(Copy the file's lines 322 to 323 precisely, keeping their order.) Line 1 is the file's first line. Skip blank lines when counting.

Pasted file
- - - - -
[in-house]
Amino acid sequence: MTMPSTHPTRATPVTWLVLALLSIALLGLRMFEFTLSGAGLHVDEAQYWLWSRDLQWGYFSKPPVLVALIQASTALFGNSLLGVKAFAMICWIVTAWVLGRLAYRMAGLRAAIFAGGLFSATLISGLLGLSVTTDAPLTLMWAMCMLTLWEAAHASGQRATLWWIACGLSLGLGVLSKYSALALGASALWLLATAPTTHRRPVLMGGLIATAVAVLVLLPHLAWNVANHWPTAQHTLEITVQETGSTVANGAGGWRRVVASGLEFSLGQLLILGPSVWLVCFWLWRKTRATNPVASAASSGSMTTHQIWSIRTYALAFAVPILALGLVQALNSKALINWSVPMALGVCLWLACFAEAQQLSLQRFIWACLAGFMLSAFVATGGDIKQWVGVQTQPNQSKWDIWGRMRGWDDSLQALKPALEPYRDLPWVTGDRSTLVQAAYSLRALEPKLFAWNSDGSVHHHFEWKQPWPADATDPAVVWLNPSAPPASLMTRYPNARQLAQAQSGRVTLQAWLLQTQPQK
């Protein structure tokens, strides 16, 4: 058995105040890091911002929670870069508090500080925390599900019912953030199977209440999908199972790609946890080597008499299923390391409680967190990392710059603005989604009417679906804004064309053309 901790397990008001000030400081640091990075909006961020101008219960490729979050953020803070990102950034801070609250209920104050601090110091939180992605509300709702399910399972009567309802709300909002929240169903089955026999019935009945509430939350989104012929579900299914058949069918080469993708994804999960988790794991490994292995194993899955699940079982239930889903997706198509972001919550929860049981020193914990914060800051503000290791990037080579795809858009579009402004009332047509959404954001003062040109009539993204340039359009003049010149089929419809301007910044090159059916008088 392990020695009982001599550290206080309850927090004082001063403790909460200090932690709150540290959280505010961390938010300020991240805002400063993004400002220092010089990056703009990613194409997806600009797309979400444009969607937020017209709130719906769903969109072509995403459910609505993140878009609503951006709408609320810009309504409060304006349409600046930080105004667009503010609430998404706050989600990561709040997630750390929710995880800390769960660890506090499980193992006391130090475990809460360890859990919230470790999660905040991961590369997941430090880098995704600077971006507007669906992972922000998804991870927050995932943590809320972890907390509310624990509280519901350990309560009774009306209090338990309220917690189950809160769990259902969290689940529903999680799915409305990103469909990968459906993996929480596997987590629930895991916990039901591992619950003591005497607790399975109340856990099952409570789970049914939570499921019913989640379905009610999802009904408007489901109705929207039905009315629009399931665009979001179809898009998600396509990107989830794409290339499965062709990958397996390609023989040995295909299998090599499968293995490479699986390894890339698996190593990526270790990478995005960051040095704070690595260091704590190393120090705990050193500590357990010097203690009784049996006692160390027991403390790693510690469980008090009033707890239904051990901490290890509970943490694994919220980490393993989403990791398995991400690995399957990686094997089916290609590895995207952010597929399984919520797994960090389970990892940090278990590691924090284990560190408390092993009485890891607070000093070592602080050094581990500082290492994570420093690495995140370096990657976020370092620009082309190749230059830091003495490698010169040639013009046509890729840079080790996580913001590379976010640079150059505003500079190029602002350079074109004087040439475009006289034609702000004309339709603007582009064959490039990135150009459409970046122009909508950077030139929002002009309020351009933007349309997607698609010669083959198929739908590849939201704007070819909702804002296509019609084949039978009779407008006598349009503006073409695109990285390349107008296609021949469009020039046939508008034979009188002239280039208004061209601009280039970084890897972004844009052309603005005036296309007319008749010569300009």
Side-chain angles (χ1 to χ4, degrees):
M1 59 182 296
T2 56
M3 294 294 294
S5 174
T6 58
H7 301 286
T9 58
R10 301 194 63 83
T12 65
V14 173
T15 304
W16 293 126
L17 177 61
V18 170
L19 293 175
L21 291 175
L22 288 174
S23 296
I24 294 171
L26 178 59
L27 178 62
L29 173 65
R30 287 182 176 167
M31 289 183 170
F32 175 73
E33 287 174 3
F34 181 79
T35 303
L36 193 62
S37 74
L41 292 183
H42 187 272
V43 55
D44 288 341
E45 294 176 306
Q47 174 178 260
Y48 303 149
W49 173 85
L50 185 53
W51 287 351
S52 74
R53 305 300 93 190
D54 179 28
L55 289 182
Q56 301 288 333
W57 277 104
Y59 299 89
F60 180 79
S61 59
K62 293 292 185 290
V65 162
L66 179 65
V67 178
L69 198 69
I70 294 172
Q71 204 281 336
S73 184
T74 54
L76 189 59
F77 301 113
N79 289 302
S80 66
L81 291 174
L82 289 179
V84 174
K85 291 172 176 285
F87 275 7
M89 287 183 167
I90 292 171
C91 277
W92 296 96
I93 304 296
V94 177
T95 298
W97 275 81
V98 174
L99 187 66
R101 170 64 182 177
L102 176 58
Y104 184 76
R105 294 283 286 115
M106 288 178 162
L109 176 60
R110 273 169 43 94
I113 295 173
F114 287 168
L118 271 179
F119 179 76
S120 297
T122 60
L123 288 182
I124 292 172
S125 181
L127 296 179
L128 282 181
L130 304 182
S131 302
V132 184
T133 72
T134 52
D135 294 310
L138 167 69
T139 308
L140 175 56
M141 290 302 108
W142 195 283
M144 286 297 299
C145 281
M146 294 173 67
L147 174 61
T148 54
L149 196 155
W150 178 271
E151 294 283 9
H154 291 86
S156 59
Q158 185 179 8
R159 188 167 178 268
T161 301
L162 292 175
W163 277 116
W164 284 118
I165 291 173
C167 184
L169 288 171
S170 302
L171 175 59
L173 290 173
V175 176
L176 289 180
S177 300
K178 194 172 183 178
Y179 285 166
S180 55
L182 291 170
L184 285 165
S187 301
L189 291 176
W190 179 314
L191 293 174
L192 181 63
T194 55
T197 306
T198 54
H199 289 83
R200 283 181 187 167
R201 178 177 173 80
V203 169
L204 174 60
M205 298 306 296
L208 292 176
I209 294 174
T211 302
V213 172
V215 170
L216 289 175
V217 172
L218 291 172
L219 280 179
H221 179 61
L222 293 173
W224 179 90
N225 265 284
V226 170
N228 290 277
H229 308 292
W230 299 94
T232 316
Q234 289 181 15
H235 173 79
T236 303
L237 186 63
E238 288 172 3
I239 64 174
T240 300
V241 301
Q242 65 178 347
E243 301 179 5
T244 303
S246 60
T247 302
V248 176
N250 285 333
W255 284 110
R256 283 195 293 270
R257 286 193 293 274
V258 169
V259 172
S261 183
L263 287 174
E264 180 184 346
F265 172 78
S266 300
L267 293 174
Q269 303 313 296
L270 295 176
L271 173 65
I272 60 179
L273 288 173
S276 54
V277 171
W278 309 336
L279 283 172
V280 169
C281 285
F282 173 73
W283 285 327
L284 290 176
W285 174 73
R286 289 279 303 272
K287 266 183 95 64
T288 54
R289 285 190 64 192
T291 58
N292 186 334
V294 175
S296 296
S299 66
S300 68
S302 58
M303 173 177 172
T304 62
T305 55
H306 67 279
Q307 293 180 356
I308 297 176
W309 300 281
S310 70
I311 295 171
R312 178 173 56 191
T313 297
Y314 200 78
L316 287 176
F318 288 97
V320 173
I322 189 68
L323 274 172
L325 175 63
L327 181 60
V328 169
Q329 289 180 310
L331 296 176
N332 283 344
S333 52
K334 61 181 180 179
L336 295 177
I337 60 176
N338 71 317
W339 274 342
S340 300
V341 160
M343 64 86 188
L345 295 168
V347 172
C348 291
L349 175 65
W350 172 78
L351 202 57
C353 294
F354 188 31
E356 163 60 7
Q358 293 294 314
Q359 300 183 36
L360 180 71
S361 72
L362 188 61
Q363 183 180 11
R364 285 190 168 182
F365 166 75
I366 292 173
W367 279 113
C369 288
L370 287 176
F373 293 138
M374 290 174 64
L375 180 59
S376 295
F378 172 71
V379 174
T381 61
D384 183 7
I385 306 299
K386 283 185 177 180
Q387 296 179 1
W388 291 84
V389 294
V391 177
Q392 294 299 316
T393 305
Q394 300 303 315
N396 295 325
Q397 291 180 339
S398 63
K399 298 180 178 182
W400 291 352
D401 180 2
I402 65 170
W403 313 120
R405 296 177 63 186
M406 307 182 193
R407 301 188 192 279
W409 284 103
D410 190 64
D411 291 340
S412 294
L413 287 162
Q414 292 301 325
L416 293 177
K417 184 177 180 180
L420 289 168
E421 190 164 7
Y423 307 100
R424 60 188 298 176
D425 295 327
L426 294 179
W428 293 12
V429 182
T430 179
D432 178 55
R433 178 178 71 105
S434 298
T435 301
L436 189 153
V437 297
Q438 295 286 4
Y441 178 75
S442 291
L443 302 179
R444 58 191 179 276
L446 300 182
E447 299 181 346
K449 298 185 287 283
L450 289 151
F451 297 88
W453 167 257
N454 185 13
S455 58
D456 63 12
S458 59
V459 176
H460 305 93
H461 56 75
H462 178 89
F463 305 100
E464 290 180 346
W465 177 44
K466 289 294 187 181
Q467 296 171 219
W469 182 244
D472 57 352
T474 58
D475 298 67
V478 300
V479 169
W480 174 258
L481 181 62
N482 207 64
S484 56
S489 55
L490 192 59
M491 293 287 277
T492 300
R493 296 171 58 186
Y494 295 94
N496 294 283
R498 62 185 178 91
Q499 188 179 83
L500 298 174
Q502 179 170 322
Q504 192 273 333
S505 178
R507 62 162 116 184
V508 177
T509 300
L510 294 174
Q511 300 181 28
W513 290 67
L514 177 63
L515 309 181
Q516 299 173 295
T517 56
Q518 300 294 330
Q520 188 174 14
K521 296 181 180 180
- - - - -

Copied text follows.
T430 179
D432 178 55